Subscriptions were $29.95/ year, but let’s face it, an episodic event like naming a baby doesn’t really lend itself to a recurring subscription model.

Laura had written this algorithm years before. It was initially what got me interested in her book, and she used it regularly to develop content for her blog and other research projects. Productizing it allowed us to collect direct revenue from individual users — and eventually, it became a tool we used to wow potential buyers when we decided to sell the company.

Outcomes received numerous accolades, notably we were named one of TIME Magazine’s 50 Best Websites of 2009, alongside the likes of Amazon,Twitter, Netflix, and Spotify.

By the time we sold the company in 2014, traffic on had grown to over 2 million monthly unique visitors — with no paid marketing. With fewer than 4 million babies born in the U.S. that year, that means that we probably captured the eyeballs of every American parent-to-be — plus a lot of their friends and families, not to mention pet namers and writers of fiction seeking just the right character name.

We’d also managed to stay afloat — and remain profitable every year — without taking an outside investment. Laura’s book remained the top-seller in its category (now in its fourth edition). And in the end, when it mattered most, the Name Matchmaker came through — correctly guessing the name of the third child of the CEO who eventually bought our company, a nifty parlor trick that probably sealed the deal.

Other Learnings

Looking back with a dozen years of hindsight on a business I started with a friend, what would I do differently? Lots of things. But they were things I learned along the way and at subsequent jobs. Laura was a writer and researcher. I was a product executive and editor. Neither of us had a strong enough background in sales or marketing to take our business to the next level. We were invested in the quality of our product and the engagement of our audience, but neither of us was a killer when it came to self-promotion or monetization.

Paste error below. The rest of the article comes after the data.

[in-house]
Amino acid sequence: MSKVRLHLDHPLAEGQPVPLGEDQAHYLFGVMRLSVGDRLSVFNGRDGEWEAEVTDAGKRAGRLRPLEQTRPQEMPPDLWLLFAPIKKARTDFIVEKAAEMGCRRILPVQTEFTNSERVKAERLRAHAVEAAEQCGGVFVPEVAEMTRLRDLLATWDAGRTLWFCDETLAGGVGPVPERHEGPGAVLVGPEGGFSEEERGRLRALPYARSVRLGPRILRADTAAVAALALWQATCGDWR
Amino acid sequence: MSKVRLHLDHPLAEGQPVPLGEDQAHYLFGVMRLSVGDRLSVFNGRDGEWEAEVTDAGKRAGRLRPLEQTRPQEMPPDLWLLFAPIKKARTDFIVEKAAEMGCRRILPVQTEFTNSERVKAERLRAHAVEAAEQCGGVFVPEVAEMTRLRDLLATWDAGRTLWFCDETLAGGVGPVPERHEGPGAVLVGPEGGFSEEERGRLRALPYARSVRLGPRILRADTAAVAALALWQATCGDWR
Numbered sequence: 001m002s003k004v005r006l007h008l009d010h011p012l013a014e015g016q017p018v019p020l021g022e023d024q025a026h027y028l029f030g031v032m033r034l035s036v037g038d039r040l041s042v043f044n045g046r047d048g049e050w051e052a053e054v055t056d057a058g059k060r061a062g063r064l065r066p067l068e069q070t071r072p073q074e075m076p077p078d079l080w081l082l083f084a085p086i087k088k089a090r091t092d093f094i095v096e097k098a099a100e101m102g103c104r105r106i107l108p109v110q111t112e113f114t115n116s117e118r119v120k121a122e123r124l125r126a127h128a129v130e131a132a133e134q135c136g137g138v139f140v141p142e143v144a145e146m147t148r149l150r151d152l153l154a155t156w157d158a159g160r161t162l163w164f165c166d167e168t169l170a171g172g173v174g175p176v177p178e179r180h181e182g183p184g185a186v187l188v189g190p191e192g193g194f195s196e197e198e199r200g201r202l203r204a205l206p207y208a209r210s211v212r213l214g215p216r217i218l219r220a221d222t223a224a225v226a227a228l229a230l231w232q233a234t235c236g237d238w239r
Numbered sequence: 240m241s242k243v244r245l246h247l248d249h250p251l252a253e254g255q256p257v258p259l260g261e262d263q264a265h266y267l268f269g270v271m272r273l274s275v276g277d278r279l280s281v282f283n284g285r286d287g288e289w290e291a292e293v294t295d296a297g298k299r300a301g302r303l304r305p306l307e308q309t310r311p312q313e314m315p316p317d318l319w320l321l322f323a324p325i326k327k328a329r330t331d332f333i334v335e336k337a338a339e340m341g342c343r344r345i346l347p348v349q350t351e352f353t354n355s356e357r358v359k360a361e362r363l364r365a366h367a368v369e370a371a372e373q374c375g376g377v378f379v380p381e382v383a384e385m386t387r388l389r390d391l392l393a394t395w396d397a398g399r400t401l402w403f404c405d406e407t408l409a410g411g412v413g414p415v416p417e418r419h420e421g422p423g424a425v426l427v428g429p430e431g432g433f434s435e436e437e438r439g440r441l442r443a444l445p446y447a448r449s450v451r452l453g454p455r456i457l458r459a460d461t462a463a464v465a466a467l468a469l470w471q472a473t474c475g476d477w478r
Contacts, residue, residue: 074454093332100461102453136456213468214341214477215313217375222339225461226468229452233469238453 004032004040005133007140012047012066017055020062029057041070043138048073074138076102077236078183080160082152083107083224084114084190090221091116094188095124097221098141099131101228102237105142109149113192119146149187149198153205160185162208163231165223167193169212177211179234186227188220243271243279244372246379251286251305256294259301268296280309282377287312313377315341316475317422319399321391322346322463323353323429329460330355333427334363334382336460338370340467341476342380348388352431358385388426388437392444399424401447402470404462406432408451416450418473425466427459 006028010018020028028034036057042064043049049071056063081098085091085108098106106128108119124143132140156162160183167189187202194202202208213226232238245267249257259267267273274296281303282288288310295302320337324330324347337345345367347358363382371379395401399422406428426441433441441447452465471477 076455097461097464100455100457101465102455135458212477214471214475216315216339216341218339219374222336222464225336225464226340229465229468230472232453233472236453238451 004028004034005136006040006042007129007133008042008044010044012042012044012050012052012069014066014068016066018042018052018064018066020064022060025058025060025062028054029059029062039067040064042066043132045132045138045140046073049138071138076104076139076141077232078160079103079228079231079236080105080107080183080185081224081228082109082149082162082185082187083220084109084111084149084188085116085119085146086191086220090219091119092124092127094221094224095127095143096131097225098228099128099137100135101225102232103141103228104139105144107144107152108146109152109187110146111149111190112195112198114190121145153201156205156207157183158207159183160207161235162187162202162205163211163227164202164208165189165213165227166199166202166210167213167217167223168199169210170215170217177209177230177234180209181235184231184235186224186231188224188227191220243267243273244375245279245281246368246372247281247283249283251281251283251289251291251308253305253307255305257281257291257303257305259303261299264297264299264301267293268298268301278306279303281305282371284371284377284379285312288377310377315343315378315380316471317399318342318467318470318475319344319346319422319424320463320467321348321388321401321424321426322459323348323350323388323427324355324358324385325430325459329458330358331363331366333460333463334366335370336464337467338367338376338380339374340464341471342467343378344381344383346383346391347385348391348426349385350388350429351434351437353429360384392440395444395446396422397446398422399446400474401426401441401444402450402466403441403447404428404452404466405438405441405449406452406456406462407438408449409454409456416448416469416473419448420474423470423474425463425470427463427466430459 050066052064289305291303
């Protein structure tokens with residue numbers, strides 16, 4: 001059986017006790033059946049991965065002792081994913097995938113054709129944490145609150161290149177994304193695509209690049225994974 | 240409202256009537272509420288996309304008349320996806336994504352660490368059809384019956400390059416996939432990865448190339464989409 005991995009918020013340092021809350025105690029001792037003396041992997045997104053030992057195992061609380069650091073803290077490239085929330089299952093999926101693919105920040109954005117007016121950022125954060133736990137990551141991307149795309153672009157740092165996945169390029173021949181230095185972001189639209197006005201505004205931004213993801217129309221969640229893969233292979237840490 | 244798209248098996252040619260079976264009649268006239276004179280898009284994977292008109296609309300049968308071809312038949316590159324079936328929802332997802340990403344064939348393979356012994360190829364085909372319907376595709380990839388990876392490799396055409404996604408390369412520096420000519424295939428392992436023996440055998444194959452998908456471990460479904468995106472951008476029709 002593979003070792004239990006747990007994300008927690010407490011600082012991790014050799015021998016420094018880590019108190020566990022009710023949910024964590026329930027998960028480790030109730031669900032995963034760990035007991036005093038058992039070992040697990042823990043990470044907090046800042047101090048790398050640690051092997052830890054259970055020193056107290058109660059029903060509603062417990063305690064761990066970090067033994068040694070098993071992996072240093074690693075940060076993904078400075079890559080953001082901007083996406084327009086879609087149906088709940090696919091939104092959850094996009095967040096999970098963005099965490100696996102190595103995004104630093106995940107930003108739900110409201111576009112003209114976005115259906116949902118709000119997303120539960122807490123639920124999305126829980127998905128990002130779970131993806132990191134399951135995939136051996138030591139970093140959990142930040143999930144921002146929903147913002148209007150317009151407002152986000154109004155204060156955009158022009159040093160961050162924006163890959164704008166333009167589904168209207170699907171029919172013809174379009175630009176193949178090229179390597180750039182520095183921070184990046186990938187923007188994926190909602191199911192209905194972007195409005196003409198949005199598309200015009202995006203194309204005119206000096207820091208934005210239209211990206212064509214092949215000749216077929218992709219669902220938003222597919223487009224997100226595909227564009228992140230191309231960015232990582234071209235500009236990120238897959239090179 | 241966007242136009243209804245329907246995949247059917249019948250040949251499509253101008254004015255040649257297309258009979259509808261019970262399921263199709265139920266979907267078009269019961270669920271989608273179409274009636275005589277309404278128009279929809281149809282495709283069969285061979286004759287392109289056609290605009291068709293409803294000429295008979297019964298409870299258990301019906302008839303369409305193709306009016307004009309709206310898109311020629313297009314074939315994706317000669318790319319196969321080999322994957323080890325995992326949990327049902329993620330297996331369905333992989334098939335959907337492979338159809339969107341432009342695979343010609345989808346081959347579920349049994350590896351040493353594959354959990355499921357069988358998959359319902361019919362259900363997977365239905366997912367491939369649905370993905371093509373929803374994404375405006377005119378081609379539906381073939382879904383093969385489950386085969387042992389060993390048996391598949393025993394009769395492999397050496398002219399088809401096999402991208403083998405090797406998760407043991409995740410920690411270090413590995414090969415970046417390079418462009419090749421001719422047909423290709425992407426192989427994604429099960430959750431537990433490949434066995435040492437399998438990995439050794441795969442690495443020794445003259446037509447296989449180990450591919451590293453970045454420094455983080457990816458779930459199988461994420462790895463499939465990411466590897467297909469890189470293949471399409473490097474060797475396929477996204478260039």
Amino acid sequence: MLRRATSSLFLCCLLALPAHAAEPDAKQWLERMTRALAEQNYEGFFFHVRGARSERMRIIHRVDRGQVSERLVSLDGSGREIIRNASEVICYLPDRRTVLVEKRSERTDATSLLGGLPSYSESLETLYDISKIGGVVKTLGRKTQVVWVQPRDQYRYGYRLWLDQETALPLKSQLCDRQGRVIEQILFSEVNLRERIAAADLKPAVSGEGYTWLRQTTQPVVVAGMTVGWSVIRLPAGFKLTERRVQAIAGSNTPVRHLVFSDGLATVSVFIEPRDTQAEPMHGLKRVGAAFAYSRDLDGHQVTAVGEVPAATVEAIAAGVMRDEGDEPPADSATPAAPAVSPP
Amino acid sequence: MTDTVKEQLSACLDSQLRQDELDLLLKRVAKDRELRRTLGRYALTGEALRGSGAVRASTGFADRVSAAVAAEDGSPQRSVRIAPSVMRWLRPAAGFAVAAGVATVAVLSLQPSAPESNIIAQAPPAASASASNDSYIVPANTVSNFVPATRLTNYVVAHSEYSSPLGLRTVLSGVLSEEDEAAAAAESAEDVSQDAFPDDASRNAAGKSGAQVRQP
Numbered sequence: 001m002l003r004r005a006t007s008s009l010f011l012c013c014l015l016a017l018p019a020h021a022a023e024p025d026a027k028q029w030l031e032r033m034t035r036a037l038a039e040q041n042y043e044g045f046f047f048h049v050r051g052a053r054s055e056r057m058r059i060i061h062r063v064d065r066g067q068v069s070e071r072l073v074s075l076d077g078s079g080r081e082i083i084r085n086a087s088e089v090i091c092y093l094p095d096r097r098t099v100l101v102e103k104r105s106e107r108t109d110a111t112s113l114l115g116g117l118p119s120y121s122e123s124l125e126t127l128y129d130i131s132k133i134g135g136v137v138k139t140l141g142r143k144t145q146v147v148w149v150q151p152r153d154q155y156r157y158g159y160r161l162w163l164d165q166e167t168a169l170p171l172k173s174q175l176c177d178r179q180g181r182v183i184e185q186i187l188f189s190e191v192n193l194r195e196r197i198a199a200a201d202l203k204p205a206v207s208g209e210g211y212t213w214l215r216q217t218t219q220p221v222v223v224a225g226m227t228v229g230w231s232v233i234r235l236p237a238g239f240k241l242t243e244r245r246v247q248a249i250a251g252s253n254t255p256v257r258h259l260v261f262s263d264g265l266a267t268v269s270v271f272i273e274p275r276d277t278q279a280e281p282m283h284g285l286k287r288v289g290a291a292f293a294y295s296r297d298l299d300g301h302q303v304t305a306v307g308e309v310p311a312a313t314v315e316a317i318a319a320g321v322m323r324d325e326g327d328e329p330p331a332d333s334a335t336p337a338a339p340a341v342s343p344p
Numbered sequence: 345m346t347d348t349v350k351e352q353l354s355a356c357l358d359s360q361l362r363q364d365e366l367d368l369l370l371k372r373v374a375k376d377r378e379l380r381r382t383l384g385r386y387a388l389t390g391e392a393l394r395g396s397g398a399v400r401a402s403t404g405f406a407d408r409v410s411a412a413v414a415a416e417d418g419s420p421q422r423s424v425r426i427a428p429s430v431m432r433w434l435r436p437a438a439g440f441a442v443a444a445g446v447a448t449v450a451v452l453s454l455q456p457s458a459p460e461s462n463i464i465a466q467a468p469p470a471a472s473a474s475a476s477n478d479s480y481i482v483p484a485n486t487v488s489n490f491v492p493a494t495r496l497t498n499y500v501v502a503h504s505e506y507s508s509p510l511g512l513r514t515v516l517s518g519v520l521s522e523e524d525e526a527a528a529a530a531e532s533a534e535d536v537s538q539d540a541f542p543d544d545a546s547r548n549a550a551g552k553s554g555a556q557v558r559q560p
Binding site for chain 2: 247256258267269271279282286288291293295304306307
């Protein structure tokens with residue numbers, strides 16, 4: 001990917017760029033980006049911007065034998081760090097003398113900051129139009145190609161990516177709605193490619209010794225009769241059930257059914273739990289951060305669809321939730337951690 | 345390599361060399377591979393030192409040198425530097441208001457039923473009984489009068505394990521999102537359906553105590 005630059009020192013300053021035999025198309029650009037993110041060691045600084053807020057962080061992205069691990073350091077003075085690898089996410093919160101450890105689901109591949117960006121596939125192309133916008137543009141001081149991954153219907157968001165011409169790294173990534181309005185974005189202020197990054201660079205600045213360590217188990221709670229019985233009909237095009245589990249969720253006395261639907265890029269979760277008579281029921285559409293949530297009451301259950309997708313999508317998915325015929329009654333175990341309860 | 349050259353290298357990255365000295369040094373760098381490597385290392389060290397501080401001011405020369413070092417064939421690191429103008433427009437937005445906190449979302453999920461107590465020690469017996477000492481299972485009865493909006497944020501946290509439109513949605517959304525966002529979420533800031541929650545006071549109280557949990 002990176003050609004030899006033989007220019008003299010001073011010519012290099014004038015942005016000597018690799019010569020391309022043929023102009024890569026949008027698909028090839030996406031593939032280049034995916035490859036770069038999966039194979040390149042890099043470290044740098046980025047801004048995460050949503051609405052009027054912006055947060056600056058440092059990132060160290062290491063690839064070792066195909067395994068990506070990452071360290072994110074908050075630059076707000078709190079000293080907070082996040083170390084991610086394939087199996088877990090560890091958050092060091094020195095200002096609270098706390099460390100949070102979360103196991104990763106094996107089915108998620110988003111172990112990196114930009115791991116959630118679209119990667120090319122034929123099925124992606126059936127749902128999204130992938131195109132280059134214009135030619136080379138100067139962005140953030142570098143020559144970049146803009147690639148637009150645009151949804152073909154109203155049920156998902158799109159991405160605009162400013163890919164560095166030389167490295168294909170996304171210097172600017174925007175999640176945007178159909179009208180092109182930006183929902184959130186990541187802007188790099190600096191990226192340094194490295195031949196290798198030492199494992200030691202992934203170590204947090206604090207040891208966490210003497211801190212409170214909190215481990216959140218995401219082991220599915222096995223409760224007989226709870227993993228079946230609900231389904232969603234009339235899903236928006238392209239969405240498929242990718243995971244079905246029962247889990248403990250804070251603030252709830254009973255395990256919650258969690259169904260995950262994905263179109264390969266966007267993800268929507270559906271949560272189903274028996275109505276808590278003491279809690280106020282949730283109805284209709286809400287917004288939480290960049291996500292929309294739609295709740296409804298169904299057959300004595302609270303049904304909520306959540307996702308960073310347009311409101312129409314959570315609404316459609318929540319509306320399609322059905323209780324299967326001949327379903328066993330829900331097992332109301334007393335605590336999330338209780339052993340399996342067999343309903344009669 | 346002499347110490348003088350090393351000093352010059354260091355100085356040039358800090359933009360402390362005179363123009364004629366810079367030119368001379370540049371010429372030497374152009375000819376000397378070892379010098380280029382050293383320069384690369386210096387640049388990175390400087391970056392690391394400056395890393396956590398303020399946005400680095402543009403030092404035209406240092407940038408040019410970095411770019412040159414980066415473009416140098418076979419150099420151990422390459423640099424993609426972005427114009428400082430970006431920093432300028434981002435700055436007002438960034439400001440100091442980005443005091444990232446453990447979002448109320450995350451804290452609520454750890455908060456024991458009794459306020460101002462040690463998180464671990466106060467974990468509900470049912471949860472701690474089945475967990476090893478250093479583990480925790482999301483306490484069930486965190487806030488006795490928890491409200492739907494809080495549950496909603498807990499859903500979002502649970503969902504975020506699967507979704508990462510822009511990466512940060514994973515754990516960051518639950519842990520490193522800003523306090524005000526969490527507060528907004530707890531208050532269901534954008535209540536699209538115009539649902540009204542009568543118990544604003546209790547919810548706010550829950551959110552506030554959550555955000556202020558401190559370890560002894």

I’m probably more of a killer and more strategic today than I was then. A subsequent stint at a direct-to-consumer startup incubator taught me a lot about direct revenue generation and marketing funnels. And if I still owned today, I think I could do more with it. I would probably invest in social marketing to grow the base audience; I’d focus on free registrations and partner with direct marketing and advertising clients to deliver highly targeted marketing messages to an engaged audience; I’d self-produce a weekly video series based on our Name Lady character; and I might experiment with some alternative business models. All that said, the advent of “snippets” and the rise of zero-click searches (50% of Google searches result in no clicks to a third-party website) may have been too much for us to survive.

A search result today for my own name, which always ranked #1 for in the pre-snippet era.



Jennie Baird

Digital Product Executive, Entrepreneur, Writer, Mental Health Advocate, Local Elected Officeholder (Ret)